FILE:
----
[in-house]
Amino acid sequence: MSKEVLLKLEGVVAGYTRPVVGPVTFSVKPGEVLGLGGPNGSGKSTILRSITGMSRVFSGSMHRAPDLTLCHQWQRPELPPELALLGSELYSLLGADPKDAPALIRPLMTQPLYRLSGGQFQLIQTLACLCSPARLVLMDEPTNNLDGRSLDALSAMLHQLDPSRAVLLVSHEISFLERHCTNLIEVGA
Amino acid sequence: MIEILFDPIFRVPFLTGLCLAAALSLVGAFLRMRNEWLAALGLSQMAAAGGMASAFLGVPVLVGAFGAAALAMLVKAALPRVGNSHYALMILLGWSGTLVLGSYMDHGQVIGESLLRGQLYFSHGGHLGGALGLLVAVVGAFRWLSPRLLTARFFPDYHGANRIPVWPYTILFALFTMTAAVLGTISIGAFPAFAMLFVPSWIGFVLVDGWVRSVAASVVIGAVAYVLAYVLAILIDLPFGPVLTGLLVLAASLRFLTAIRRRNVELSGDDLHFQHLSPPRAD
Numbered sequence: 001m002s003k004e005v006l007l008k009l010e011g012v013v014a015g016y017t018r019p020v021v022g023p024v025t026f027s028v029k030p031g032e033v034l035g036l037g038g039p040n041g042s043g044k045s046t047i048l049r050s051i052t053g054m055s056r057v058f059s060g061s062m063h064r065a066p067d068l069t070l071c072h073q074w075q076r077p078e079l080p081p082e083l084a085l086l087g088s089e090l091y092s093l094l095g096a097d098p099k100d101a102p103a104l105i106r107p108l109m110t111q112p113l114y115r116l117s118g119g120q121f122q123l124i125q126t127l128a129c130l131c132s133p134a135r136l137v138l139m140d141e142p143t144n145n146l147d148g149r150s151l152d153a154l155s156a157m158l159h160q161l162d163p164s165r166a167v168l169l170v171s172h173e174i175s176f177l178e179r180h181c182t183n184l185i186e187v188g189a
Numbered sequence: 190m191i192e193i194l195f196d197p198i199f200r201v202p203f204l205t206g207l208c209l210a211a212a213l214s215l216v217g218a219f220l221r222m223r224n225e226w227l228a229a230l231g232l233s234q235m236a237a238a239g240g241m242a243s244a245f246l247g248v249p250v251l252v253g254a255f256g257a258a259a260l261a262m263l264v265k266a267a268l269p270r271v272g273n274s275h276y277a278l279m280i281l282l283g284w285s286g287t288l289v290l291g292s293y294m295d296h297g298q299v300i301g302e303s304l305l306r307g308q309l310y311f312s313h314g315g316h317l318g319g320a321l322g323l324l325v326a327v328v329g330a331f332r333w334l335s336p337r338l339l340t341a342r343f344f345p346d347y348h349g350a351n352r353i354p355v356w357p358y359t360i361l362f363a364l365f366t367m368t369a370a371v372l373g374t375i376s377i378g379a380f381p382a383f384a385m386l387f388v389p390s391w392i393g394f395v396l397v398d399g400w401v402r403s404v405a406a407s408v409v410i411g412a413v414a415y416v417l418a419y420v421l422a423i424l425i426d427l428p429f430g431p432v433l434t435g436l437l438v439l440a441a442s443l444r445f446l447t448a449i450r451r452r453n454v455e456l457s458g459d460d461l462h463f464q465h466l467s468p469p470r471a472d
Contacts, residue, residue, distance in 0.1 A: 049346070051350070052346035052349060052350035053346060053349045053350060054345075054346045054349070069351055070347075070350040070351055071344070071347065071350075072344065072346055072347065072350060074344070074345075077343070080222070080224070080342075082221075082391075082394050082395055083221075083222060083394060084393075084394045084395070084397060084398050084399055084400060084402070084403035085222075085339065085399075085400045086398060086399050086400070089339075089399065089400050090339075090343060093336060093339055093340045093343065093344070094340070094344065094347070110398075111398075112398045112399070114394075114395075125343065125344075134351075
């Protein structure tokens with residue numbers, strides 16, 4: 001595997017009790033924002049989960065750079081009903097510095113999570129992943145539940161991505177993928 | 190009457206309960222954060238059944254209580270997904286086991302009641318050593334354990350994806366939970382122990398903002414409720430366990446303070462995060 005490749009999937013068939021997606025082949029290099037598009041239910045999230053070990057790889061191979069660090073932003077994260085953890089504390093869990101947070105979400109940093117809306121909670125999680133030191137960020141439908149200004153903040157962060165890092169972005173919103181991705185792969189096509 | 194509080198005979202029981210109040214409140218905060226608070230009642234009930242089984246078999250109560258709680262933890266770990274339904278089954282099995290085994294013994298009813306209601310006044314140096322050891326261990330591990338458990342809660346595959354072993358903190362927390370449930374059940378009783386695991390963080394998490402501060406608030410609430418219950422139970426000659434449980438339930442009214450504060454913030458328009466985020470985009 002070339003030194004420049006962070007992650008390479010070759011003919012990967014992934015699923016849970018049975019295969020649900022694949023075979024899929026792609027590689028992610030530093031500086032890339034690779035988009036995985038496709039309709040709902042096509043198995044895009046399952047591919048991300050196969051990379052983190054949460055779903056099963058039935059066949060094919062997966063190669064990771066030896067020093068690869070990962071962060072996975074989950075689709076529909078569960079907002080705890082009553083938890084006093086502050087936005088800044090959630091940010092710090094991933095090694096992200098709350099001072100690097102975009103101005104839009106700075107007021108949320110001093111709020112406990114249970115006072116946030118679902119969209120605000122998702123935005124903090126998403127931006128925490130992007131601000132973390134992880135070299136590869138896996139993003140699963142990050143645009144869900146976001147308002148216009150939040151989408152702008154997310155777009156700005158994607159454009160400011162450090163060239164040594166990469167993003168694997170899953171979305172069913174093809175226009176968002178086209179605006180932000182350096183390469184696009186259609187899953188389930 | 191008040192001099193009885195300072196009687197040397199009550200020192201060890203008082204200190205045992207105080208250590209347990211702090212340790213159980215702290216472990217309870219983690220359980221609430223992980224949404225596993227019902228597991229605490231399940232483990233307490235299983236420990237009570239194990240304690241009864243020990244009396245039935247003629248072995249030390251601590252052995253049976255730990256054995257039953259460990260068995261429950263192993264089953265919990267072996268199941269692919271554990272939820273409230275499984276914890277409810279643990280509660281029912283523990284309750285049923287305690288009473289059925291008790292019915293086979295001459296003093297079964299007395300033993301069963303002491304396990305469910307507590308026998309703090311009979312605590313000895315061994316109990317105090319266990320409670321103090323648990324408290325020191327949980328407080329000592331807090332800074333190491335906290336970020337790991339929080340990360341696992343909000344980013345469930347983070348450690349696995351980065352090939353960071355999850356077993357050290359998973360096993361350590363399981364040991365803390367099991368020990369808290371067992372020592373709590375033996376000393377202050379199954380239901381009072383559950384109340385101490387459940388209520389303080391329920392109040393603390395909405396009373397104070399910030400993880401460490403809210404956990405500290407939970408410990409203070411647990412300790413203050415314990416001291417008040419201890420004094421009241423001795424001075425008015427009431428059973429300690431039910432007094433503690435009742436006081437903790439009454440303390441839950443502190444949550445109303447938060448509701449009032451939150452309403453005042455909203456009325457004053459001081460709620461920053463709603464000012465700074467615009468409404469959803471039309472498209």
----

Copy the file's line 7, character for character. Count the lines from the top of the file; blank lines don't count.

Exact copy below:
């Protein structure tokens with residue numbers, strides 16, 4: 001595997017009790033924002049989960065750079081009903097510095113999570129992943145539940161991505177993928 | 190009457206309960222954060238059944254209580270997904286086991302009641318050593334354990350994806366939970382122990398903002414409720430366990446303070462995060 005490749009999937013068939021997606025082949029290099037598009041239910045999230053070990057790889061191979069660090073932003077994260085953890089504390093869990101947070105979400109940093117809306121909670125999680133030191137960020141439908149200004153903040157962060165890092169972005173919103181991705185792969189096509 | 194509080198005979202029981210109040214409140218905060226608070230009642234009930242089984246078999250109560258709680262933890266770990274339904278089954282099995290085994294013994298009813306209601310006044314140096322050891326261990330591990338458990342809660346595959354072993358903190362927390370449930374059940378009783386695991390963080394998490402501060406608030410609430418219950422139970426000659434449980438339930442009214450504060454913030458328009466985020470985009 002070339003030194004420049006962070007992650008390479010070759011003919012990967014992934015699923016849970018049975019295969020649900022694949023075979024899929026792609027590689028992610030530093031500086032890339034690779035988009036995985038496709039309709040709902042096509043198995044895009046399952047591919048991300050196969051990379052983190054949460055779903056099963058039935059066949060094919062997966063190669064990771066030896067020093068690869070990962071962060072996975074989950075689709076529909078569960079907002080705890082009553083938890084006093086502050087936005088800044090959630091940010092710090094991933095090694096992200098709350099001072100690097102975009103101005104839009106700075107007021108949320110001093111709020112406990114249970115006072116946030118679902119969209120605000122998702123935005124903090126998403127931006128925490130992007131601000132973390134992880135070299136590869138896996139993003140699963142990050143645009144869900146976001147308002148216009150939040151989408152702008154997310155777009156700005158994607159454009160400011162450090163060239164040594166990469167993003168694997170899953171979305172069913174093809175226009176968002178086209179605006180932000182350096183390469184696009186259609187899953188389930 | 191008040192001099193009885195300072196009687197040397199009550200020192201060890203008082204200190205045992207105080208250590209347990211702090212340790213159980215702290216472990217309870219983690220359980221609430223992980224949404225596993227019902228597991229605490231399940232483990233307490235299983236420990237009570239194990240304690241009864243020990244009396245039935247003629248072995249030390251601590252052995253049976255730990256054995257039953259460990260068995261429950263192993264089953265919990267072996268199941269692919271554990272939820273409230275499984276914890277409810279643990280509660281029912283523990284309750285049923287305690288009473289059925291008790292019915293086979295001459296003093297079964299007395300033993301069963303002491304396990305469910307507590308026998309703090311009979312605590313000895315061994316109990317105090319266990320409670321103090323648990324408290325020191327949980328407080329000592331807090332800074333190491335906290336970020337790991339929080340990360341696992343909000344980013345469930347983070348450690349696995351980065352090939353960071355999850356077993357050290359998973360096993361350590363399981364040991365803390367099991368020990369808290371067992372020592373709590375033996376000393377202050379199954380239901381009072383559950384109340385101490387459940388209520389303080391329920392109040393603390395909405396009373397104070399910030400993880401460490403809210404956990405500290407939970408410990409203070411647990412300790413203050415314990416001291417008040419201890420004094421009241423001795424001075425008015427009431428059973429300690431039910432007094433503690435009742436006081437903790439009454440303390441839950443502190444949550445109303447938060448509701449009032451939150452309403453005042455909203456009325457004053459001081460709620461920053463709603464000012465700074467615009468409404469959803471039309472498209």